Ever since the Cinema Owners and Exhibitors Association (COEA) decided not to screen any films starring Pakistani artistes, the call for boycott of all actors from across the border has snowballed into a massive controversy, splitting the entertainment industry down the middle.
The debate is also centred around the release of Karan Johar's Ae Dil Hai Mushkil that stars Fawad Khan, who shot for the film before the Uri attacks. Johar has had to concede through a video broadcast that he will not employ any Pakistani actors in the future, a move that many said sets artistic freedom back.
Among the many raised voices on social platforms, one, that of actor Abhay Deol's, rang out with sharp clarity last evening for calling out the hypocrisy of the ban. It's important to note that the government has no plans to revoke visas granted to Pakistani artistes working in Bollywood. The ban imposed by COEA is an independent decision based on "national sentiment."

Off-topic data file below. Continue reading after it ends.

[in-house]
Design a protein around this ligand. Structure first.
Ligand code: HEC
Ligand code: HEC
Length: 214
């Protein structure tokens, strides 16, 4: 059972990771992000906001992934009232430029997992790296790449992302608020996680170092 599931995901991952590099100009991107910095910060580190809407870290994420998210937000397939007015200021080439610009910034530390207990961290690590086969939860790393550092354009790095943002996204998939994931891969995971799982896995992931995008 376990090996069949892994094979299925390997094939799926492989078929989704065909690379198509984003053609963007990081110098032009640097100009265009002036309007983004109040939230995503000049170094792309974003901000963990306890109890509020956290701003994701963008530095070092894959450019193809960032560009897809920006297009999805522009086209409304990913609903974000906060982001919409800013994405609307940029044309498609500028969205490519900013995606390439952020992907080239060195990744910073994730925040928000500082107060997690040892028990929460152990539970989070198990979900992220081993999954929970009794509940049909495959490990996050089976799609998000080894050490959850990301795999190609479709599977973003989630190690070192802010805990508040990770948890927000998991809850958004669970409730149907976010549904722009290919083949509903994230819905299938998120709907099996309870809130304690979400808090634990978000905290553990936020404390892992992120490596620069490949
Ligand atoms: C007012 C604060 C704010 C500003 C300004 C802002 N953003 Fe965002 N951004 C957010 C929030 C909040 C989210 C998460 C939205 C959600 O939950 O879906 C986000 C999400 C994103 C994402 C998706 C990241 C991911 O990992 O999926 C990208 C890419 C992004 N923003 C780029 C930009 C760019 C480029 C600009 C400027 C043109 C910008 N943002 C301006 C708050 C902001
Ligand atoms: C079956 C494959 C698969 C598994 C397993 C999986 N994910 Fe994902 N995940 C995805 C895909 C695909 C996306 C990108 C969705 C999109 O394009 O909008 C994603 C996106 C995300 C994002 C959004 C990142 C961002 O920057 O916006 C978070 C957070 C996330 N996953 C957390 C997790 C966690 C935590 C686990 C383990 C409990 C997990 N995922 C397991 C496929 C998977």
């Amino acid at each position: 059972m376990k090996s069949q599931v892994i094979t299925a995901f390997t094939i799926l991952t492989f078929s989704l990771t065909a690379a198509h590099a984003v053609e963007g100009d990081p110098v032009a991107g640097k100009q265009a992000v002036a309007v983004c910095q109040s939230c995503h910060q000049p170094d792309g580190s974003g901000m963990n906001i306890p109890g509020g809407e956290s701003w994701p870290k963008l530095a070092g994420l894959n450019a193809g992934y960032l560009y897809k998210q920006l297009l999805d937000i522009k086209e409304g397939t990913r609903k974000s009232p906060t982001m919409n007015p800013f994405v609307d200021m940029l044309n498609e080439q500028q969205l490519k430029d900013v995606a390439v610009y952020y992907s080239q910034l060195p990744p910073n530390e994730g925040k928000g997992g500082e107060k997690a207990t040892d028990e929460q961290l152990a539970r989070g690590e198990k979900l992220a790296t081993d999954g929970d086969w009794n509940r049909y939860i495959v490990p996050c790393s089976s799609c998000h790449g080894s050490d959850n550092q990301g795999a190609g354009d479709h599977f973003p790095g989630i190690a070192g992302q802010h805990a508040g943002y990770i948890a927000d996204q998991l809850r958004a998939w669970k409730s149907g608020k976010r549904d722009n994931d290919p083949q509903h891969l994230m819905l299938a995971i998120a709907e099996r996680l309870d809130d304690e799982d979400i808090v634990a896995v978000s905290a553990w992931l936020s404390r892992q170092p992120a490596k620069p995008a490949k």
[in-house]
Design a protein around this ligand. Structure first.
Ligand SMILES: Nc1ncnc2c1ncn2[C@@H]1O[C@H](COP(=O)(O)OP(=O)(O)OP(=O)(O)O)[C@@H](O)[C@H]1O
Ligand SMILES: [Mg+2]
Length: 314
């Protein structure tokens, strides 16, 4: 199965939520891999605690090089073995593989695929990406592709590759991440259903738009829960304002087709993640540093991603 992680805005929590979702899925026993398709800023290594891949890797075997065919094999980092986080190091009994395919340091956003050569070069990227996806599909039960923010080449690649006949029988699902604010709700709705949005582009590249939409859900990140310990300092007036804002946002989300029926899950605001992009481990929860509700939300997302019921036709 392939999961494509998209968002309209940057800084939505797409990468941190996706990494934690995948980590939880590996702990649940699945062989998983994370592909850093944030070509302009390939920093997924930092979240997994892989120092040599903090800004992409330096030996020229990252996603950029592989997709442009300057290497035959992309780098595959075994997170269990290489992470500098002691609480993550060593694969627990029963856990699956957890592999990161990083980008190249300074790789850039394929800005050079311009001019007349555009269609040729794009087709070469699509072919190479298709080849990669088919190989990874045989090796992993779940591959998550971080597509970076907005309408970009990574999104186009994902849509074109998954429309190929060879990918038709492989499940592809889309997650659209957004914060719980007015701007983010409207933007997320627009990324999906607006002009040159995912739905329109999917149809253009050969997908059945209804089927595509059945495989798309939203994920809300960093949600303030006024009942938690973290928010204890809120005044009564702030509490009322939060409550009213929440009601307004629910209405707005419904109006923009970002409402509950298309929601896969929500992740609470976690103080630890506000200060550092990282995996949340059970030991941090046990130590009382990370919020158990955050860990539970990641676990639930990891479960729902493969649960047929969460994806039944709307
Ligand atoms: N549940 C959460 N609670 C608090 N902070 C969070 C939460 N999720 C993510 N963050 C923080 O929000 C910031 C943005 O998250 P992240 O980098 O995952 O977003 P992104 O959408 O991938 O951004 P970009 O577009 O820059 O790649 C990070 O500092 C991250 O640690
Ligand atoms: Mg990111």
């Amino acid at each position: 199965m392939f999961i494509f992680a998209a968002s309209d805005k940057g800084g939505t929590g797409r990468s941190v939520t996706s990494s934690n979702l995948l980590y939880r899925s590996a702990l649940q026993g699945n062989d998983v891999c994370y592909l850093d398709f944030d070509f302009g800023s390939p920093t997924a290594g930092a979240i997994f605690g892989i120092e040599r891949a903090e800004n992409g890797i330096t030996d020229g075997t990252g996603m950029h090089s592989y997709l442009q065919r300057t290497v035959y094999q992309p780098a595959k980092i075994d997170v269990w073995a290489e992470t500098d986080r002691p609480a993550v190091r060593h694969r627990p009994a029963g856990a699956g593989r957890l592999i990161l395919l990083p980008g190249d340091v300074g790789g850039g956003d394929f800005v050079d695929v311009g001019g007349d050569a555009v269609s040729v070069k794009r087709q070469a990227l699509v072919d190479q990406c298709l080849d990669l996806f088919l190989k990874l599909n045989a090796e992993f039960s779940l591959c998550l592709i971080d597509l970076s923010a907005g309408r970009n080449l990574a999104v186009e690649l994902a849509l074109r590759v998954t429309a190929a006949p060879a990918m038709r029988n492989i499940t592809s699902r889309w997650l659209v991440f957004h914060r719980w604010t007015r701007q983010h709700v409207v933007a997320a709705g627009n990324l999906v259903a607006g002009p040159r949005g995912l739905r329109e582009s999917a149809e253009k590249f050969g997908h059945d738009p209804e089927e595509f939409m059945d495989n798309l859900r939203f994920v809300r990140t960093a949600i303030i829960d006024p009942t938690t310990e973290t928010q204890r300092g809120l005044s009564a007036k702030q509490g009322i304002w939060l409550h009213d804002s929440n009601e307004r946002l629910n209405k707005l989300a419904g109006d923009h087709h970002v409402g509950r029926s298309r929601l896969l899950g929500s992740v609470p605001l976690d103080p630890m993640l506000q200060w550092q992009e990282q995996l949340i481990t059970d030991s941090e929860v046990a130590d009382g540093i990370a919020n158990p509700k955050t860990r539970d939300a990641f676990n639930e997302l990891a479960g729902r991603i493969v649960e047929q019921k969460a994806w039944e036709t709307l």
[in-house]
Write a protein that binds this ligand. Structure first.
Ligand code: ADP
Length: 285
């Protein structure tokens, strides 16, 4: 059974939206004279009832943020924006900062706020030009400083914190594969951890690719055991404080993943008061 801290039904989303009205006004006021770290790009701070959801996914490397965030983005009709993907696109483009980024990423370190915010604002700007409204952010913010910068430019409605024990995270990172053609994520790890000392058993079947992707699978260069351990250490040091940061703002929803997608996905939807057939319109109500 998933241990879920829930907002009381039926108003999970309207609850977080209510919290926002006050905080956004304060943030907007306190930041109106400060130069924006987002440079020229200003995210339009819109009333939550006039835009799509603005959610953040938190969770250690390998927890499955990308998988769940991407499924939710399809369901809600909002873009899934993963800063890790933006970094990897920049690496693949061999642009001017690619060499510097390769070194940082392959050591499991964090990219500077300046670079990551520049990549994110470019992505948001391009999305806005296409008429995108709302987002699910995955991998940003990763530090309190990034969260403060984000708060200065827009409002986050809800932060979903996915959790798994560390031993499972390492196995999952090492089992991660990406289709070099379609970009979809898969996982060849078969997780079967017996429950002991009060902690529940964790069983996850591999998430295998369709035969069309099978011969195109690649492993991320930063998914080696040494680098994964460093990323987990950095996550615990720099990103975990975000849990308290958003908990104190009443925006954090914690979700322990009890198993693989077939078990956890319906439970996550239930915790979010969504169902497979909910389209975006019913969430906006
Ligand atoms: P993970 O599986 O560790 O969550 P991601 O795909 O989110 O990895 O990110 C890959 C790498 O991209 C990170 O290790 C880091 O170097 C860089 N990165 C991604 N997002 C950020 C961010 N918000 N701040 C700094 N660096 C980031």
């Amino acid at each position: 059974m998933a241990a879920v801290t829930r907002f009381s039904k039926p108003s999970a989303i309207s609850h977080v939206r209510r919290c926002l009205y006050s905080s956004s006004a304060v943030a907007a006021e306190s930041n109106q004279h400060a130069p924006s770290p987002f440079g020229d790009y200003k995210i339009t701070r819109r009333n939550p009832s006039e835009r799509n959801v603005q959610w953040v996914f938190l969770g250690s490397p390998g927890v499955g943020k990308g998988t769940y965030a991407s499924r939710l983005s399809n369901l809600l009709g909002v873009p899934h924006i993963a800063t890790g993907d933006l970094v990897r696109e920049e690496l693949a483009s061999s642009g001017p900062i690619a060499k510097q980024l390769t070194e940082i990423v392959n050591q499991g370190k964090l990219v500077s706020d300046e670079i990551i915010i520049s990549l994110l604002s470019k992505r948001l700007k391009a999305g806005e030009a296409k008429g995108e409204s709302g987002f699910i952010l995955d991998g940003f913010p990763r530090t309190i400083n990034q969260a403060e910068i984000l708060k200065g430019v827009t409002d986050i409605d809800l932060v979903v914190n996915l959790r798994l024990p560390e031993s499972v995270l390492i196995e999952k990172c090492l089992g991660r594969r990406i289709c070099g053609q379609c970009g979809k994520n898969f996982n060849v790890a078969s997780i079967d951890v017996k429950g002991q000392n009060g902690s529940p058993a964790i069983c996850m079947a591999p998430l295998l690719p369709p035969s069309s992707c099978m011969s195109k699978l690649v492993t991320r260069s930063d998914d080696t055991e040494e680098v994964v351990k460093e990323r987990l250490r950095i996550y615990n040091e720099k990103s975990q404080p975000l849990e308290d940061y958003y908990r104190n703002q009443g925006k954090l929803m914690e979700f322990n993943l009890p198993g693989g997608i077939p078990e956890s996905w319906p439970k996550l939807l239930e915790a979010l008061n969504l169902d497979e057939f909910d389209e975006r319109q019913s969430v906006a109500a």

Aamir Khan, who was lambasted last year for saying there's a wave of rising intolerance in India, sidestepped the issue. But Deol, at the opening of the Mumbai Academy of the Moving Image (MAMI) festival, decided to take a head-on approach.
This is what he said.
If you want to ban anything to do with Pakistan, then go the distance. Don't just ban filmmakers. Why are you doing a half-hearted job? Ban the business dealings, the import, the export because when you do half a job no one will take you seriously. I don't take the government seriously because they are only banning us from collaborating with artistes. They are not banning businessmen from making business. So, if you really mean what you say, then go the distance. Then I will take you seriously. Right now it is not looking like you mean it, it just looks like it gets you a lot of publicity and makes a lot of noise. But really what is the point of it? I will support it if you think banning anything to do with Pakistan is going to help our jawans, fine. But I don't see the whole distance. I see one little thing looked at and banned and another part being left. Sounds hypocritical to me.
Director Zoya Akhtar voiced the same sentiments.
Imran Khan, on the other hand made a sardonic comment that spoke volumes, despite its brevity, on the state of debate in India.Suggest a correction